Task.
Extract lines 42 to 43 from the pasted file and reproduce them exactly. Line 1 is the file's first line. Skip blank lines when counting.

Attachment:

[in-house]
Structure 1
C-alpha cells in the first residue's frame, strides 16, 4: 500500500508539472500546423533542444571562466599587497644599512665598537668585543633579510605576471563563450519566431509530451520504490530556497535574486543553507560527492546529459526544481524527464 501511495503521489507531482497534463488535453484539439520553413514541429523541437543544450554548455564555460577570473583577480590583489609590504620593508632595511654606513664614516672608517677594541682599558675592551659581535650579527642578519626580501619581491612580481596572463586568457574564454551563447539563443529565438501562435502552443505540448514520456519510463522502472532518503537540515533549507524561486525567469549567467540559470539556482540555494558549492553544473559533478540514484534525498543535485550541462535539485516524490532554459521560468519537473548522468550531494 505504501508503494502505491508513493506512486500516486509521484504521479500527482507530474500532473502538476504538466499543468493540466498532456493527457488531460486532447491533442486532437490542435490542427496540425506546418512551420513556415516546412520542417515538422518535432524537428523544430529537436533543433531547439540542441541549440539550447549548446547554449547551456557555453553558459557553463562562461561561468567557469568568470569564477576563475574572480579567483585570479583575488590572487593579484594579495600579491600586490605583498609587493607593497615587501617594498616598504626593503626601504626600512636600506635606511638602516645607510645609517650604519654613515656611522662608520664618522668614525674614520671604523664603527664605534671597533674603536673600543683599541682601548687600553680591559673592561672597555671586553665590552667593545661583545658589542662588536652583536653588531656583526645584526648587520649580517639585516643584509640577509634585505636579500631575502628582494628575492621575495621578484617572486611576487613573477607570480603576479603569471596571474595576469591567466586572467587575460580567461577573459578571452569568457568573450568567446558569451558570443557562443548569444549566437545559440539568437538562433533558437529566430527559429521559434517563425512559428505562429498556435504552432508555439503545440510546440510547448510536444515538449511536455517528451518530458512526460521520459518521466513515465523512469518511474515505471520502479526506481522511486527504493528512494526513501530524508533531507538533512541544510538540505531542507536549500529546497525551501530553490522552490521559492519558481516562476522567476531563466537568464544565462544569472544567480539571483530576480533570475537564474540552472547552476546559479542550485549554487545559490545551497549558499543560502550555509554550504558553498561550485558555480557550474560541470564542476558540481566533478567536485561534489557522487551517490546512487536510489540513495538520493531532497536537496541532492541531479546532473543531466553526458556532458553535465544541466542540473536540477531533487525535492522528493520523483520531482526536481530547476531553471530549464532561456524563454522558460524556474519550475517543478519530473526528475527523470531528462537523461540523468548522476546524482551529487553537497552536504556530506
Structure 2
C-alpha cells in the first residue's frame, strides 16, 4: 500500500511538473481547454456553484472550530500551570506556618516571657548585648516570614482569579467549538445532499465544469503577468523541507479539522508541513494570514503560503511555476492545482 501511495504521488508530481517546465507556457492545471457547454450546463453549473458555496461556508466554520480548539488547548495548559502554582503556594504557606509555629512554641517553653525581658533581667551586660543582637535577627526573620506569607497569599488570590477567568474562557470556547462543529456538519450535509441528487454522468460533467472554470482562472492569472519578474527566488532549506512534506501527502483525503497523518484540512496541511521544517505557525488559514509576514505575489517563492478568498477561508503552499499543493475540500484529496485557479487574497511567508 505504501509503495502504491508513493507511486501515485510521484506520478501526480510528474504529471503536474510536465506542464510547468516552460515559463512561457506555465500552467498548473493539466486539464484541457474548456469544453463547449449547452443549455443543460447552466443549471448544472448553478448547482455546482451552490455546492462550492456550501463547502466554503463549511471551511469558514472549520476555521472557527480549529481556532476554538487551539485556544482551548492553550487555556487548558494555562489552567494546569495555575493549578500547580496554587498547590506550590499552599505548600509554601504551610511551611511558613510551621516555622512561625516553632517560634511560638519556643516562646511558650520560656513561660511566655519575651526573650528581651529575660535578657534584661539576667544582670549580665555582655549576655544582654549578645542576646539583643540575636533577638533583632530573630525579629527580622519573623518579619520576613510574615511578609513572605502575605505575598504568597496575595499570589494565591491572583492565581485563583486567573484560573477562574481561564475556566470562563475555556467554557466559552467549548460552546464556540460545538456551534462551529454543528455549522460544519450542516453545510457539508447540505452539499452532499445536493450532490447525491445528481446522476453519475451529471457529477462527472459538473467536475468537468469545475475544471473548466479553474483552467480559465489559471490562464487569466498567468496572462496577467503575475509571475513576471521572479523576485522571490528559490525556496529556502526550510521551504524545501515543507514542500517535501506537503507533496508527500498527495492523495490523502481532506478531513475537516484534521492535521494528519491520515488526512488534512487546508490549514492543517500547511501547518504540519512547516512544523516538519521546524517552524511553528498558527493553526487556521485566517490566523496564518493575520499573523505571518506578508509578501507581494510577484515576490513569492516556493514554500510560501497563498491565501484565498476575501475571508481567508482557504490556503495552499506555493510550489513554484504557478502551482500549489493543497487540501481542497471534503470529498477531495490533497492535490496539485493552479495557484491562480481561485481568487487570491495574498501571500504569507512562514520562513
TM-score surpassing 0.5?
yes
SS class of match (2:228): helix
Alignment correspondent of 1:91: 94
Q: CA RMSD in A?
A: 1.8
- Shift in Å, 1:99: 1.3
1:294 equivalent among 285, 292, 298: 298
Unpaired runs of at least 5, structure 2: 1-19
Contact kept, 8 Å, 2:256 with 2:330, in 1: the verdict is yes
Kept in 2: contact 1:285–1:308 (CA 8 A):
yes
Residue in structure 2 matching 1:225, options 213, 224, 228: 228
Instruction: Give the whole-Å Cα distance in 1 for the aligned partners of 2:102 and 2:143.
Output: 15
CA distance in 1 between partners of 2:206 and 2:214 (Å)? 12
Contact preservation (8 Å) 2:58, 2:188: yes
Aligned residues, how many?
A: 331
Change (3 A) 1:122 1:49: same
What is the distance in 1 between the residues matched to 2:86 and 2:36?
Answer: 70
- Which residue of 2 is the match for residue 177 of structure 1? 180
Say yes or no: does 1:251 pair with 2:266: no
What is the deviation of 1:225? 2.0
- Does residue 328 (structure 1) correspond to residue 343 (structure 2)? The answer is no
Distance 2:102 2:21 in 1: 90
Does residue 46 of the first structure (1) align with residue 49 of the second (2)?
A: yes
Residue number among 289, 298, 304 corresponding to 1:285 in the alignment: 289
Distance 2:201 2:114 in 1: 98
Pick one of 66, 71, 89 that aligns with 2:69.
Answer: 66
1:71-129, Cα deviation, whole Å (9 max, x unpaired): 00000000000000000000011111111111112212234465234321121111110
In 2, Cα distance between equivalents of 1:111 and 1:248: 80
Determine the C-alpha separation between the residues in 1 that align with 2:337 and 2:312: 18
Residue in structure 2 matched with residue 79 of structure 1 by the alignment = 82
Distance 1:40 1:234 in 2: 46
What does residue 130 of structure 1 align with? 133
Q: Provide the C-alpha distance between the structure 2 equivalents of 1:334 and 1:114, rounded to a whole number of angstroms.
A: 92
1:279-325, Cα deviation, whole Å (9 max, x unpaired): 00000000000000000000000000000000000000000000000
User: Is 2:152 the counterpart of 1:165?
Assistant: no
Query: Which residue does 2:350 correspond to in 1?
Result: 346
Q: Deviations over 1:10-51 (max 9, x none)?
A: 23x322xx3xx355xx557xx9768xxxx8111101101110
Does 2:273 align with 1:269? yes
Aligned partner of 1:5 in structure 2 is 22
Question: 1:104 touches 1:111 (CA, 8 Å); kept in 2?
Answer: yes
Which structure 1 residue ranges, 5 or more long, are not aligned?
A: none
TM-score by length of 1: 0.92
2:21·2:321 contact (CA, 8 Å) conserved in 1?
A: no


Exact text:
Residue in structure 2 matched with residue 79 of structure 1 by the alignment = 82
Distance 1:40 1:234 in 2: 46